Made of vinegared rice tucked inside little deep-fried tofu pockets, Inari Sushi is easily one of the easiest sushi to make at home. It’s vegetarian and vegan-friendly too!
Looking for easy sushi recipes to make at home? You won’t go wrong with Inari sushi. Tasty, filling and addicting, Inari Sushi are fast and easy to make and can be enjoyed at any time of the day. In this recipe, I’ll show you how to make classic inari sushi with a delicious touch.
What is Inari Sushi?
Inari Sushi (稲荷寿司, いなり寿司), or Inarizushi, is made of sushi rice that is stuffed inside seasoned deep-fried tofu pockets called Inari Age. Inari Age (pronounced [ah geh]) is made by simmering tofu pockets in sweet and savory dashi-based broth. After the tofu pouches absorb all the flavors, they are squeezed to remove the liquid and ready to stuffed with sushi rice.
With their sweet and tangy taste, these little golden pouches are the best sushi to enjoy at home, picnic, or on the go. Inari sushi is also a popular menu for bento boxes, and you may see this type of sushi packed at the deli along with sushi rolls.
The Origin of Inari Sushi
Inari shrines in Japan are dedicated to Inari, the deity protecting the crops. The Japanese people bring Aburaage (deep-fried tofu pockets) or Inari Sushi as offerings and place them in front of the fox statues on the shrine grounds. It is said that foxes are the messengers of the Inari god and it’s believed that they like aburaage. Eventually, newly harvested rice was added as a filling to the fried tofu to show the gratitude for good crops towards the Inari god.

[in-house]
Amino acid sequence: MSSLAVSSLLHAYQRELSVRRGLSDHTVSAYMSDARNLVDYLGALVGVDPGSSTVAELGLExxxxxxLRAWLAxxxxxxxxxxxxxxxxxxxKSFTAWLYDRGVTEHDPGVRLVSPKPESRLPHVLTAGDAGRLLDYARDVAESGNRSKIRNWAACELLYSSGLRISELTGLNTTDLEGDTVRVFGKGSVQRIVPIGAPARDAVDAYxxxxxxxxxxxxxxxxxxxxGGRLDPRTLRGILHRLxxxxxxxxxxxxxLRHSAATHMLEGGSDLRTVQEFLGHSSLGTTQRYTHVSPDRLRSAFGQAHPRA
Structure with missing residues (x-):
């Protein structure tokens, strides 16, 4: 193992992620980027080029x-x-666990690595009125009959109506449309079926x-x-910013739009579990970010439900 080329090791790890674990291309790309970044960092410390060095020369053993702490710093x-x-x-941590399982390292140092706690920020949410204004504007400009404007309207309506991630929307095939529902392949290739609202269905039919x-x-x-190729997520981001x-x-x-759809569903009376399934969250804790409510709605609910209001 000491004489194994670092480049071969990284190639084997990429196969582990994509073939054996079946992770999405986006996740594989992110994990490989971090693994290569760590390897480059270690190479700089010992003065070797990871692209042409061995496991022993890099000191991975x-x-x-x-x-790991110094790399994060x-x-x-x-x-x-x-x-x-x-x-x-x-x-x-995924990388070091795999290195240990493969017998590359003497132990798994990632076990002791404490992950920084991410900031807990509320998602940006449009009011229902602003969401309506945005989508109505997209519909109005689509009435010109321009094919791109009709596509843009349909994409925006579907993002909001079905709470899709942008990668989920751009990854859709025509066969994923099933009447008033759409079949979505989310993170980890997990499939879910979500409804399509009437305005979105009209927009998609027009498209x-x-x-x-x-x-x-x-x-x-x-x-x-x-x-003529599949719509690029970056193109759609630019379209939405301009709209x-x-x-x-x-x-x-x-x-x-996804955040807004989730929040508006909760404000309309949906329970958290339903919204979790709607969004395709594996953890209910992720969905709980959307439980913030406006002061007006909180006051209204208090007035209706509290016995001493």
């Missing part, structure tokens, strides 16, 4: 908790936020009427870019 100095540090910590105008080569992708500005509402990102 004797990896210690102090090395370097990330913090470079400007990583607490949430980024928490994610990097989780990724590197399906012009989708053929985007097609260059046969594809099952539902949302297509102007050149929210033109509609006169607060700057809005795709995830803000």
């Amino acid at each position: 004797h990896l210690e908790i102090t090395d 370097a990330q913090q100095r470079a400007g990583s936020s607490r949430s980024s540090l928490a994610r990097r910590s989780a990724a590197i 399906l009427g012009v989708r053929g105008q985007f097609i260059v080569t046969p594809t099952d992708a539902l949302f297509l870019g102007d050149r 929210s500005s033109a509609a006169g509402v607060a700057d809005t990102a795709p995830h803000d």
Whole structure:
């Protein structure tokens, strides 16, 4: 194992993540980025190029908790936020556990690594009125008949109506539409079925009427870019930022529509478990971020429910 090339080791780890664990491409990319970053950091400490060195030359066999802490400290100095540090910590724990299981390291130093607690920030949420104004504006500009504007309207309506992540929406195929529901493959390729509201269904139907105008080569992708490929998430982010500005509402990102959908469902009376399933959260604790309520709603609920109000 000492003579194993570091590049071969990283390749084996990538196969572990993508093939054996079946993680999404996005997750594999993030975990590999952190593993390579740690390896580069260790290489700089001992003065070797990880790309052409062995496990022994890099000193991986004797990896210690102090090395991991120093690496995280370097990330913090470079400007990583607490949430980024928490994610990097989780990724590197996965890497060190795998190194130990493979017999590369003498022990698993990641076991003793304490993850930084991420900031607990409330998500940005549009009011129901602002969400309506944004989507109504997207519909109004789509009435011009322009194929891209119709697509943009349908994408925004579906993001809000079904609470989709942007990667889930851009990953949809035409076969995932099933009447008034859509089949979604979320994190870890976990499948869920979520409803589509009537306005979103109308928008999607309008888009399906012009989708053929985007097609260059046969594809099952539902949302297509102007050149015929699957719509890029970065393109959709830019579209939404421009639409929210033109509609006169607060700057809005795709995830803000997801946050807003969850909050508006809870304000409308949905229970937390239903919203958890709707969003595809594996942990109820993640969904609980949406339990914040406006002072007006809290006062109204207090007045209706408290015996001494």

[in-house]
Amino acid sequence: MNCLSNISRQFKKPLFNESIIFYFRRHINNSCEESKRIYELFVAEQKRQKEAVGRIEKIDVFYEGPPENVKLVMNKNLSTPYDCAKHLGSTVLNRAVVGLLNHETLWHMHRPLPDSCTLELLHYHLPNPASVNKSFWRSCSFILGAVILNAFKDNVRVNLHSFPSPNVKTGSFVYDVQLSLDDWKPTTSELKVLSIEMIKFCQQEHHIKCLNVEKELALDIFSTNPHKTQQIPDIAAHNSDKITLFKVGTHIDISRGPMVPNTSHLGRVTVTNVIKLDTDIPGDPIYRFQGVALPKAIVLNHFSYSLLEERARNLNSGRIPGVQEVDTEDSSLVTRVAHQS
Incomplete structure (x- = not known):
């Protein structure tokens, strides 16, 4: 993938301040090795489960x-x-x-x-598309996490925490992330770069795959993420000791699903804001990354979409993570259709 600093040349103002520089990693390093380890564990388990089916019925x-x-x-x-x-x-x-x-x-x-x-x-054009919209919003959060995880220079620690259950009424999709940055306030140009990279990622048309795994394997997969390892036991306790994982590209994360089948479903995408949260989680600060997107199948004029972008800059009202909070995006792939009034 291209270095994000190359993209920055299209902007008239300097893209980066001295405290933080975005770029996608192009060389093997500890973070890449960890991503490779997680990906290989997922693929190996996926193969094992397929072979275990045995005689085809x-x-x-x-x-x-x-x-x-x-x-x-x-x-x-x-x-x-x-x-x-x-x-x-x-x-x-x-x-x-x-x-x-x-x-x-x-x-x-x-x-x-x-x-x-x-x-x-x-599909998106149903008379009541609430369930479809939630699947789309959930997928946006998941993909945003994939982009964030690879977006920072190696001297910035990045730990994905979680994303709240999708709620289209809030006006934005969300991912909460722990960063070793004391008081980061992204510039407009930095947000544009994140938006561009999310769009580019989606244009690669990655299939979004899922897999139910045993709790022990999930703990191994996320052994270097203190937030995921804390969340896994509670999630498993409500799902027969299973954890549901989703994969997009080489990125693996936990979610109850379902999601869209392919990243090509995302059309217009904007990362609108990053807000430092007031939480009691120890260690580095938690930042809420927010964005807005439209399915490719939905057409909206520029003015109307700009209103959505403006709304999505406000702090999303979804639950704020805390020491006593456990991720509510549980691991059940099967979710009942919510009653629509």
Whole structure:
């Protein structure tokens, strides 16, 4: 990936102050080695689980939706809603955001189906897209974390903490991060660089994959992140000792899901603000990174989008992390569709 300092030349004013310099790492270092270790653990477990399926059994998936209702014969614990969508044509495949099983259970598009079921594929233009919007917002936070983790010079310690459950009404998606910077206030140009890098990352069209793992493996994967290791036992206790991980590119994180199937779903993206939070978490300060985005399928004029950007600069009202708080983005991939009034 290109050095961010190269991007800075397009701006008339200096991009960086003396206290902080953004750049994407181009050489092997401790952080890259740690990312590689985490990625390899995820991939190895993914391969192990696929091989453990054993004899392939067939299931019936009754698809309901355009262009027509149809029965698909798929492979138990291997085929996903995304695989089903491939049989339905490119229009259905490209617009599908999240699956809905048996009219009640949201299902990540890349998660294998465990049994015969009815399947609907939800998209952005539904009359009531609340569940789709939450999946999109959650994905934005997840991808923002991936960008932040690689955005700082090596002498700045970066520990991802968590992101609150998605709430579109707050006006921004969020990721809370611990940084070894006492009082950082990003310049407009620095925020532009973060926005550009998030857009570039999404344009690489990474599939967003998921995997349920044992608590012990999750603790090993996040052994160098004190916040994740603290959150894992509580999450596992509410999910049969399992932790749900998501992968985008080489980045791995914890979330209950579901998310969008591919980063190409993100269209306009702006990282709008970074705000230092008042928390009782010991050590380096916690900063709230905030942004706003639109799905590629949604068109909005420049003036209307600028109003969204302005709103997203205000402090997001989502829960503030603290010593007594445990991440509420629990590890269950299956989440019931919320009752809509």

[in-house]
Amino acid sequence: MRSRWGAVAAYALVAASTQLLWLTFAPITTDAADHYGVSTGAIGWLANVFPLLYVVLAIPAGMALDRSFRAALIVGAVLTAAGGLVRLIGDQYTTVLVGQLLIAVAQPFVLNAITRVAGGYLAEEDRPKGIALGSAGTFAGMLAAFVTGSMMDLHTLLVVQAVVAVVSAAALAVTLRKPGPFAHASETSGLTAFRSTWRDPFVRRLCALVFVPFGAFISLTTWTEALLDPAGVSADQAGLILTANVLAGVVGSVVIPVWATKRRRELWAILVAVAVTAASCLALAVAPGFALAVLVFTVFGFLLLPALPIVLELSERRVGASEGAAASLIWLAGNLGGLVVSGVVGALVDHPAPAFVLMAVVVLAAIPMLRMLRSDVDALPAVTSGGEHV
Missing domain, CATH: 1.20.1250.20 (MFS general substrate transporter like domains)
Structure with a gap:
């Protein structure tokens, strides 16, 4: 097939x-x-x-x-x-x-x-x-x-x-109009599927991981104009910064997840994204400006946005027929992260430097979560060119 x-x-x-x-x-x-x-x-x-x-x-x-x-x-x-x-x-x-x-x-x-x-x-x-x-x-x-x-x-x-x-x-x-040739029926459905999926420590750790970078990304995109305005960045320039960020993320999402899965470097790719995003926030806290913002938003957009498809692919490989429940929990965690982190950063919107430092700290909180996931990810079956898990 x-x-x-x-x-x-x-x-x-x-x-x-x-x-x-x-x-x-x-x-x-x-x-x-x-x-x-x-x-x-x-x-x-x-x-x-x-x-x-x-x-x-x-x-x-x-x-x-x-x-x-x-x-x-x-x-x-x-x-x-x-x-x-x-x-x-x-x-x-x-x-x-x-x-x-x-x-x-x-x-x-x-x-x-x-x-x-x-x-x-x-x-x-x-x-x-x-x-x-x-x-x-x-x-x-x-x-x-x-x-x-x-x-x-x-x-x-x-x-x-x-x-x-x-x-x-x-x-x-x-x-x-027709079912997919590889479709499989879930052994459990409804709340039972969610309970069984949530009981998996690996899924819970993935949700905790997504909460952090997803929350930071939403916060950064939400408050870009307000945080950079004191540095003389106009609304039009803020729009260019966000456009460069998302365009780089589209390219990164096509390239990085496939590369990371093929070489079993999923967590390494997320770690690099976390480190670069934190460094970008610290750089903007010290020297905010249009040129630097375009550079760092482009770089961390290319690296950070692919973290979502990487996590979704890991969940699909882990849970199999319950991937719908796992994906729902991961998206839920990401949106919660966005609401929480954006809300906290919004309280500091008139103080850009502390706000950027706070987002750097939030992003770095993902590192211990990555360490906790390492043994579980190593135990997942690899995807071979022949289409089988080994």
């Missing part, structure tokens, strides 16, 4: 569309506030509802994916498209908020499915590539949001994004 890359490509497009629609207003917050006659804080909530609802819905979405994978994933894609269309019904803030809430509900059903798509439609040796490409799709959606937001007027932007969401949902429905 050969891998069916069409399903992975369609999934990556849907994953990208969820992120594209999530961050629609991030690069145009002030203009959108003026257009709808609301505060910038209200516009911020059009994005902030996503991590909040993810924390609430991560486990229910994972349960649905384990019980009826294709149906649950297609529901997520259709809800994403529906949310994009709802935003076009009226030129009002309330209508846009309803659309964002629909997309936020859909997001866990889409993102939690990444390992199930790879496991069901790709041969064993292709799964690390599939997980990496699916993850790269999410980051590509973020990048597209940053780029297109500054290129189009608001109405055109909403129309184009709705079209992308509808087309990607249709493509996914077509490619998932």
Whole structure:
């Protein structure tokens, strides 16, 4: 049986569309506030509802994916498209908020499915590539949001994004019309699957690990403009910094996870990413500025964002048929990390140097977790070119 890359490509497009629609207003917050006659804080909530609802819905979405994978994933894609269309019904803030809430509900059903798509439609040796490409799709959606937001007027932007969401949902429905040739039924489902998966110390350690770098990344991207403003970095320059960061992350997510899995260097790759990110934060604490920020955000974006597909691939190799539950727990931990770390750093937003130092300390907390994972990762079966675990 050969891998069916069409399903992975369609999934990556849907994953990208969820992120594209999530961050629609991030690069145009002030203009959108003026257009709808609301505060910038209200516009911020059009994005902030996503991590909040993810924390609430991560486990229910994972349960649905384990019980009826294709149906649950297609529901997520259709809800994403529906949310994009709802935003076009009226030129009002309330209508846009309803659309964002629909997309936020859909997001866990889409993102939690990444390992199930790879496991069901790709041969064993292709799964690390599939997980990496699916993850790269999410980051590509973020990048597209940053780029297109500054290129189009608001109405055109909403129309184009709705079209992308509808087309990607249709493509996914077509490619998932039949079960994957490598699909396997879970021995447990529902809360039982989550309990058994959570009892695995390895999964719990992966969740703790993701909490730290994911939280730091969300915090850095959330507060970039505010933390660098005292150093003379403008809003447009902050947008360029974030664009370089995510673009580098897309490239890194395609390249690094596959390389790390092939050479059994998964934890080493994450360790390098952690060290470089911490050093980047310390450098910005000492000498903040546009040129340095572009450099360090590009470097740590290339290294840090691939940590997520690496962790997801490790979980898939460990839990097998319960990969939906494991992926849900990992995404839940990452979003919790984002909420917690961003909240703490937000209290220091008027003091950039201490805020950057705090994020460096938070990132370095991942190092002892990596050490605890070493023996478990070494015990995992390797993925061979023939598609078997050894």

Hence the dish is named Inarizushi or Oinari-san (O is an honorific prefix, and -san is an honorific title) and enjoyed for over 170 years.
Tokyo vs. Osaka Style Inari Sushi
Even within Japan, the Inarizushi in the Tokyo area and the ones in the Osaka area are different in shape! In the Tokyo area, you will find straw bag-shaped Inari Sushi and the sushi rice is completely wrapped inside the bag. On the other hand, in the Osaka area, you will find fox-ear-like triangle-shaped inari sushi that exposes the sushi rice at the bottom, and sometimes sushi rice is mixed with various ingredients.
How to Make Inari Sushi
Inari sushi is made in 3 simple and easy steps.
- Make sushi rice (add sushi seasonings over steamed rice).
- Make Inari by simmering tofu pockets in dashi-based broth. Or, buy a packaged inari from a store.
- Stuff the sushi rice into the inari pockets.
It takes extra time only if you want to make homemade inari. Otherwise, it all comes together very quickly once you made the sushi rice. We’ll talk about the homemade inari age next.
Homemade vs. Store-Bought Inari Age
Homemade inari age is the best, in my opinion, especially because store-bought inari age tends to be a bit sweeter to my taste. However, there are benefits for store-bought.
- IMPOSSIBLE to purchase if you live far from Japanese/Asian grocery stores.
- Healthier (no preservatives, natural ingredients).
- You can adjust the seasonings (being able to make it less sweet).
- VEGETARIAN/VEGAN-friendly (use Kombu Dashi)
- EASILY accessible in any Asian grocery store (doesn’t have to be Japanese grocery stores).
- Stored at room temperature (packed in a can and no need to refrigerate).
- All brands tend to be sweet.
- Includes unnatural ingredients.
My mom used to make inari sushi for our bento lunch box. When she had the time, she would make her own inari age; otherwise, she would just use the readily made tofu pockets. Sometimes I’d help her out by stuffing the rice into the tofu pockets. It’s a very easy task so you can ask your children to help!